The Medicare Improvements for Patients and Providers Act of 2008 (MIPPA) prohibits CMS from awarding Competitive Bidding Program contracts for mail order diabetes test strips to suppliers that do not demonstrate that their bid covers at least 50 percent, by volume, of all types of mail order diabetes test strips. Further, section 154(d)(3)(B) of MIPPA requires OIG to complete a study to determine market shares of diabetes test strips in the Competitive Bidding Program before each round of competitive bidding following Round 1. This report fulfills the MIPPA requirement for the pending third round of competitive bidding.

HOW WE DID THIS STUDY
We determined the Medicare market shares for diabetes test strip types associated with a random sample of Medicare claims for the 3-month period of July to September 2013. Our sample of 1,210 claims was drawn from a population of approximately 505,000 claims for mail order diabetes test strips provided to beneficiaries during this period. To estimate the Medicare market shares, we surveyed suppliers and projected our sample data to the population of mail order diabetes test strips.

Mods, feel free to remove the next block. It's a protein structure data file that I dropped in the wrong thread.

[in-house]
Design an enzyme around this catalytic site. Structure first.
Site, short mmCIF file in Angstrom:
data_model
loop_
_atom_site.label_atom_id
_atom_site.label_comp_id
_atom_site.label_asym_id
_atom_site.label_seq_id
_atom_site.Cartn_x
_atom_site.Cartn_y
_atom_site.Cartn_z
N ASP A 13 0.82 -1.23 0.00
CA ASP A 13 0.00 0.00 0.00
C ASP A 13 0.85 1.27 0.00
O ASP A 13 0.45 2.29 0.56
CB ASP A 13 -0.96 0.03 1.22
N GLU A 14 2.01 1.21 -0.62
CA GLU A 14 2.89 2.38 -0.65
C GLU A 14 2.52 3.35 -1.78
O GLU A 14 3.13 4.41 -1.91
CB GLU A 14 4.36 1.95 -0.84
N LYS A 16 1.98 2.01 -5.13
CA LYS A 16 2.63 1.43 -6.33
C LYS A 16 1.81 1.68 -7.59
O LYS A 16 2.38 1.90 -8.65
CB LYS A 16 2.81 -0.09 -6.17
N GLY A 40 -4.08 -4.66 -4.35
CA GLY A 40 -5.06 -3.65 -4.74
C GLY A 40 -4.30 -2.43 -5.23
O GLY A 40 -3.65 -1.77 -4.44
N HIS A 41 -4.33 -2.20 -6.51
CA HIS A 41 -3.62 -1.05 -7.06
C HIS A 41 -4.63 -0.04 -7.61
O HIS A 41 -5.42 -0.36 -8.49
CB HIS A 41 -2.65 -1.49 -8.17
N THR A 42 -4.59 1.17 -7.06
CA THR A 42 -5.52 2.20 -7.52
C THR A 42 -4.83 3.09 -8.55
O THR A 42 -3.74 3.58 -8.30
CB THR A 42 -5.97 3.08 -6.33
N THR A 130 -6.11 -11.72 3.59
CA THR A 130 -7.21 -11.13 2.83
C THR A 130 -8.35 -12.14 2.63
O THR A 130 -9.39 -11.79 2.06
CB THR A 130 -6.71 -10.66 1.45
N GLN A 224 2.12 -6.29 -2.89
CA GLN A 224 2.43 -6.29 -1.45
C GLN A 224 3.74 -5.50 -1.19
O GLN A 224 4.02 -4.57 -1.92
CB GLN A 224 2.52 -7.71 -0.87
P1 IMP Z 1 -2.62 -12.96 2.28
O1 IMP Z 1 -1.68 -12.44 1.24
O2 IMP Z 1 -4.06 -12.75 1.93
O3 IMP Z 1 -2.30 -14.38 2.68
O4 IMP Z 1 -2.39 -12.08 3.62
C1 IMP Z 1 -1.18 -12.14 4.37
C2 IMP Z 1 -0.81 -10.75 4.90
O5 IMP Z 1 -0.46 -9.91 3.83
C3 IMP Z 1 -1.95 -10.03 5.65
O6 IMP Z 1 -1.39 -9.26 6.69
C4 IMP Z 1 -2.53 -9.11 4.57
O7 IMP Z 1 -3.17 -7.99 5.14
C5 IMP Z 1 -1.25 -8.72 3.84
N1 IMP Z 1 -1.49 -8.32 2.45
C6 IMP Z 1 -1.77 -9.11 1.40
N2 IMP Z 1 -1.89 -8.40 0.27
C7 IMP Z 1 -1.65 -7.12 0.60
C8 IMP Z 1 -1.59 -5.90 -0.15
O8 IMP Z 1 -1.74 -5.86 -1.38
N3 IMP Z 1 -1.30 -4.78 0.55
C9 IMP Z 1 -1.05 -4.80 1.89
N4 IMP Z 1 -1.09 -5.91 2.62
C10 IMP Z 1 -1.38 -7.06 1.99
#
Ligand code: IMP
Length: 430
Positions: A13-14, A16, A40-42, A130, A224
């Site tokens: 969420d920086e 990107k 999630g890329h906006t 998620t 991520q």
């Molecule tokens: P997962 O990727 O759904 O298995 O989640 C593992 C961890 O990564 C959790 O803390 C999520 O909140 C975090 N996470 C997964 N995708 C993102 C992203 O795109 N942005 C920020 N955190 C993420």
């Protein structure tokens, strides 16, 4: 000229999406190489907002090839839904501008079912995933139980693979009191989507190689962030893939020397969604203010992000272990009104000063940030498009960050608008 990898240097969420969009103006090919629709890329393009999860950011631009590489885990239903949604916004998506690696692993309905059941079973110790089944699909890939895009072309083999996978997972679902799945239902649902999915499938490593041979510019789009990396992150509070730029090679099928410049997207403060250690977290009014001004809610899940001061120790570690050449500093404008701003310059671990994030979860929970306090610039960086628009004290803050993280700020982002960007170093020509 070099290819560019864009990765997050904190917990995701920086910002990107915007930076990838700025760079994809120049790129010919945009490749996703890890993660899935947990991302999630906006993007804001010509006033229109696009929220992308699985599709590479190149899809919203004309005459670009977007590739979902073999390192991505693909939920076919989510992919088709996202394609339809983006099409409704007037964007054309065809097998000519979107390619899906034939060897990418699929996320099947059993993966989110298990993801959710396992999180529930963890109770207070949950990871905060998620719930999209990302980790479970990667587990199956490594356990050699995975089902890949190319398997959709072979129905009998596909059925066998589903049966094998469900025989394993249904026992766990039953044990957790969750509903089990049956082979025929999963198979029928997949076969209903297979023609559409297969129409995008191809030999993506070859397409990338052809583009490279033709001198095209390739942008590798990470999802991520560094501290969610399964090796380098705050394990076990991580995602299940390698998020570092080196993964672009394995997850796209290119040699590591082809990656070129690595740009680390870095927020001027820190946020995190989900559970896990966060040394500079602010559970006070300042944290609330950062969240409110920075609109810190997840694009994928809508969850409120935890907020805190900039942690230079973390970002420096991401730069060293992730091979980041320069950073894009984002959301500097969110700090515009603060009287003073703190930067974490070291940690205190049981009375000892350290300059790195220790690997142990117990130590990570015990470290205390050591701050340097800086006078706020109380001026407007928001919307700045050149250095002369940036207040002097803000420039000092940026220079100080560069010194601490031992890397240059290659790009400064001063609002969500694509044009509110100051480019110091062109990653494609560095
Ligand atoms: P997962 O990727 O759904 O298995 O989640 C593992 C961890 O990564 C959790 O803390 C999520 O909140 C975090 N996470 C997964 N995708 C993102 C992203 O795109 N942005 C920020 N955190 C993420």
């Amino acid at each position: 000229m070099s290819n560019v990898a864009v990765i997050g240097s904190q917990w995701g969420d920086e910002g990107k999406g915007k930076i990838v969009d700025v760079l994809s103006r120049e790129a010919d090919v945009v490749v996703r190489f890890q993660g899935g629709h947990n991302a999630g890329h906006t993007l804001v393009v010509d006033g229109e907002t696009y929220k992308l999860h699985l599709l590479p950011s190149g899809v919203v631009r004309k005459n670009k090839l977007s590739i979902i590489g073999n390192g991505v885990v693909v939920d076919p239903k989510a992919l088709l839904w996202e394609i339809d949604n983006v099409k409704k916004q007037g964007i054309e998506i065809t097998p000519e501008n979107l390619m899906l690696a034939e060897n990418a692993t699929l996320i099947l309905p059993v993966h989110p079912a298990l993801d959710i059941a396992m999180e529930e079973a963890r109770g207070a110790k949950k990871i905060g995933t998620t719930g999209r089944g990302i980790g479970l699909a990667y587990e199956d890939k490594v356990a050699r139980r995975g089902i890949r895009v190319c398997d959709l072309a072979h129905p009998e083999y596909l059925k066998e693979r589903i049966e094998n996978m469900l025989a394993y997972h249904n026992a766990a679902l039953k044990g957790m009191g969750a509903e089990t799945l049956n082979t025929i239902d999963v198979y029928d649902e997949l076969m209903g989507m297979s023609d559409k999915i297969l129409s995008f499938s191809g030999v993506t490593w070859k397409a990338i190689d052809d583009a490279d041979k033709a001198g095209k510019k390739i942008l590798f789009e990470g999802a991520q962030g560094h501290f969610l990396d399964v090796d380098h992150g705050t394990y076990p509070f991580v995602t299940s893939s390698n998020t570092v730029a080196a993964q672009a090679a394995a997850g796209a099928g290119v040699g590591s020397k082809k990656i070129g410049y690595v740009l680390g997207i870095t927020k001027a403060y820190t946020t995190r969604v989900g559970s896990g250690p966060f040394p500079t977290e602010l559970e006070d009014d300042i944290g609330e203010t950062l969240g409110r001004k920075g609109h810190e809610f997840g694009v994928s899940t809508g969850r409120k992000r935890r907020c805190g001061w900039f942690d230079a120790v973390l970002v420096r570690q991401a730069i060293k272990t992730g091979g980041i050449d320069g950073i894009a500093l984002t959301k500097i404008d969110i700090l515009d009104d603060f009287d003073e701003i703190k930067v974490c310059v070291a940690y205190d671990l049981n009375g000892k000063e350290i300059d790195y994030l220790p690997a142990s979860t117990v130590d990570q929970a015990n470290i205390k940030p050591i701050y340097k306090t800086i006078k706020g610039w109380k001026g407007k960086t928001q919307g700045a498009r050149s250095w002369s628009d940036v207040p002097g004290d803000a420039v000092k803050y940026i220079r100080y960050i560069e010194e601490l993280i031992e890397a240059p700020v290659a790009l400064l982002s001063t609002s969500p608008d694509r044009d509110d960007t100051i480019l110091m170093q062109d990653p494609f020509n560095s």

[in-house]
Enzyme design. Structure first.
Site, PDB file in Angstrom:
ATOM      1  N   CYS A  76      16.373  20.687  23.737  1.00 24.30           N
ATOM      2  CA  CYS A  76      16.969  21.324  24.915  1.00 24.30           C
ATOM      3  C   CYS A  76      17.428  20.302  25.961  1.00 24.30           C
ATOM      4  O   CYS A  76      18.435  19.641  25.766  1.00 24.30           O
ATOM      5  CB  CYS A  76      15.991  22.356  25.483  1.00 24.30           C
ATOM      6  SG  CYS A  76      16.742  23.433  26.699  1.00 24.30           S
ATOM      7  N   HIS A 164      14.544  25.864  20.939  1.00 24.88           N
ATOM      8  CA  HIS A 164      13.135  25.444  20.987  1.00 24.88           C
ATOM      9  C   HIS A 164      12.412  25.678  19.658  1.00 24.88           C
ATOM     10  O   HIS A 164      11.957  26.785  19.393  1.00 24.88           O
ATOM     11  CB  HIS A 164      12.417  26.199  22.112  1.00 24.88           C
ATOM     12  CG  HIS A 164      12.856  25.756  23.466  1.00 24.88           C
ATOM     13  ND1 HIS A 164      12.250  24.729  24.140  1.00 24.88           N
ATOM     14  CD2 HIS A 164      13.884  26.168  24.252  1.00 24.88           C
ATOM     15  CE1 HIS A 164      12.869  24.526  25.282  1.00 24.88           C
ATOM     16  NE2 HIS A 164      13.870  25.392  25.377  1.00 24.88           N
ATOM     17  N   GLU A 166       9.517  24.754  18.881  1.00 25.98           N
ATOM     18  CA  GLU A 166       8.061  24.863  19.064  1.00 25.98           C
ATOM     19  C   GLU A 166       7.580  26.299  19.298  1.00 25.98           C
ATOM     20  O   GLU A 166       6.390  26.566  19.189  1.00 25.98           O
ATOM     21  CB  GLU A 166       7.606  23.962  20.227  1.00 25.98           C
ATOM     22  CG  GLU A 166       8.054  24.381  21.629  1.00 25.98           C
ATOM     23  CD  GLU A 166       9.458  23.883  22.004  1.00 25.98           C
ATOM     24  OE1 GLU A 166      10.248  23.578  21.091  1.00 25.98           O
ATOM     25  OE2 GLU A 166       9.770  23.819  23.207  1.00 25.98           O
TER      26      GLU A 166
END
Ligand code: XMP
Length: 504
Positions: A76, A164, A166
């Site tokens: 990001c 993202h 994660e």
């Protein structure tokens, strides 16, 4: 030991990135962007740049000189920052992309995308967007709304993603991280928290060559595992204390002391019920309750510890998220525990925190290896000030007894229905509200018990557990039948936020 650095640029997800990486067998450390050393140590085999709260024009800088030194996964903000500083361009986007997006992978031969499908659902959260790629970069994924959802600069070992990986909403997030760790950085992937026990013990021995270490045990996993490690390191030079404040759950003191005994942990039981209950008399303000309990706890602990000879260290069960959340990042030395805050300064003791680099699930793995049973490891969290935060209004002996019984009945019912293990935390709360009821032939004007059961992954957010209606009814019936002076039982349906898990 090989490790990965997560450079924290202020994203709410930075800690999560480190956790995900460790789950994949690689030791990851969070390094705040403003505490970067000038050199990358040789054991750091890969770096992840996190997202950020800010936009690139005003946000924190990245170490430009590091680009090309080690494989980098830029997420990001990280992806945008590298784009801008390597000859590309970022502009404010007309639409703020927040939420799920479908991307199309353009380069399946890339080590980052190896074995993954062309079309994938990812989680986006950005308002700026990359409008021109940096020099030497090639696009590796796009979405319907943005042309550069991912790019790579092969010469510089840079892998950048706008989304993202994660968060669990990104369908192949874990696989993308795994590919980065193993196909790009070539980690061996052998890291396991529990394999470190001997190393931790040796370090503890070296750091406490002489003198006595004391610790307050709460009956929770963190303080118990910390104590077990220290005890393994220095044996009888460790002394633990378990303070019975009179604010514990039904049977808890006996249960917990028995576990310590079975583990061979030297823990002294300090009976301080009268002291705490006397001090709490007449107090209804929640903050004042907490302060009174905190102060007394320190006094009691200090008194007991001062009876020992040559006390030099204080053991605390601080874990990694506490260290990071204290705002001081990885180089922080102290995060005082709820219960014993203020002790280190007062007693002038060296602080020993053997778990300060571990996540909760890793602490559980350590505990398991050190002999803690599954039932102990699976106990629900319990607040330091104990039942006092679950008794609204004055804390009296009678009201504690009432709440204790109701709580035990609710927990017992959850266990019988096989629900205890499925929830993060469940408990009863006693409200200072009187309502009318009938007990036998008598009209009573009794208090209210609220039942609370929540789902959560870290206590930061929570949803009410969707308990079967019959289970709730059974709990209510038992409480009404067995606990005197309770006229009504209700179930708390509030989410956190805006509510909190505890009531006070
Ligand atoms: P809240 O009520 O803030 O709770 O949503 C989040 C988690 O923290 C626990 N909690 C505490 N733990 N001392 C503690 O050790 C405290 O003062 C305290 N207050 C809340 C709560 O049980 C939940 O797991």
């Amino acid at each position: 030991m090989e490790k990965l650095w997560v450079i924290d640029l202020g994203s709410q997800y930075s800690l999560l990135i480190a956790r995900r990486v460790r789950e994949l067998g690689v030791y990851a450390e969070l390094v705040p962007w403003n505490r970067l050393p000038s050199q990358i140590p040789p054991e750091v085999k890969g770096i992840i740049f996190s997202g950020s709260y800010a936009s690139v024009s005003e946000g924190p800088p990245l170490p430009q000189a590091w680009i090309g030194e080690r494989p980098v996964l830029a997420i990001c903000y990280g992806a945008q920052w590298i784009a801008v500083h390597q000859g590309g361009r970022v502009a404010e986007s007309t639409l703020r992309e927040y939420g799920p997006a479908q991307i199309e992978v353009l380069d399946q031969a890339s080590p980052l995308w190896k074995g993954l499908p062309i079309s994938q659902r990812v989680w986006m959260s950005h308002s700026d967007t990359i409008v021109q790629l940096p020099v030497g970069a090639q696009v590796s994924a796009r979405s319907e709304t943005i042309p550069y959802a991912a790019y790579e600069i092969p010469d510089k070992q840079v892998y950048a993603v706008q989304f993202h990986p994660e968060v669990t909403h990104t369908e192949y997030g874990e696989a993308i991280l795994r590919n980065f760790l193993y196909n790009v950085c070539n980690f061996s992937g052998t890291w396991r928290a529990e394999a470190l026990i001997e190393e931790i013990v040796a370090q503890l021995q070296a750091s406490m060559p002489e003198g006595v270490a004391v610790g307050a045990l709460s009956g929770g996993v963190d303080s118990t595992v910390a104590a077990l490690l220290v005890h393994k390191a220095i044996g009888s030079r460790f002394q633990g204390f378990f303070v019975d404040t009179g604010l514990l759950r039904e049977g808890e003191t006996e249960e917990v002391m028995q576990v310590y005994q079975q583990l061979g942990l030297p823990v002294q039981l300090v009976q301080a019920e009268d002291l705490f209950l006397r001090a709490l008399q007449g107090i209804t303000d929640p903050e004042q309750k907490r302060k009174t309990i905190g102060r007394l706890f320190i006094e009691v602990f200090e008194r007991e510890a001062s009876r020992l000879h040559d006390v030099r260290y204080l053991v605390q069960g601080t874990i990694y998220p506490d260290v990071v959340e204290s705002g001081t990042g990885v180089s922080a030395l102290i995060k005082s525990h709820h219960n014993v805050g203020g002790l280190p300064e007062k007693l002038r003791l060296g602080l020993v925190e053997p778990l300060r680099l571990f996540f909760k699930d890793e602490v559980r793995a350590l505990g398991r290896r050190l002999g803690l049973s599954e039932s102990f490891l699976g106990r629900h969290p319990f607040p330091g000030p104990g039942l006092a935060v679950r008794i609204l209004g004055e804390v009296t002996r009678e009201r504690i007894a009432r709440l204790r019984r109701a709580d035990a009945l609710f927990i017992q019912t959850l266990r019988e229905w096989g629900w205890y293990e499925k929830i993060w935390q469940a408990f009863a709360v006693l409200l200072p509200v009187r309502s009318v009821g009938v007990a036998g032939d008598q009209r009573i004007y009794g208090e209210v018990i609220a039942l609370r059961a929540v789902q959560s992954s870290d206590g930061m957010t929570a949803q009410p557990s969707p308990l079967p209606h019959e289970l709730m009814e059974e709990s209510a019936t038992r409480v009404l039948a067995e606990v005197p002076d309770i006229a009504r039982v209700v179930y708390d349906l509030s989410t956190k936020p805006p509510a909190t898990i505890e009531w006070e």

WHAT WE CONCLUDED
Twenty-two suppliers submitted at least 43 types of mail order diabetes test strips for the 3-month period of July to September 2013. Two types of diabetes test strips accounted for approximately 45 percent of the Medicare mail order market share. Three types of diabetes test strips accounted for 59 percent of the Medicare mail order market share, and 10 types accounted for 90 percent. CMS may choose to consider these data when determining whether subsequent rounds of suppliers’ mail order diabetes test strip bids comply with the MIPPA 50-percent requirement.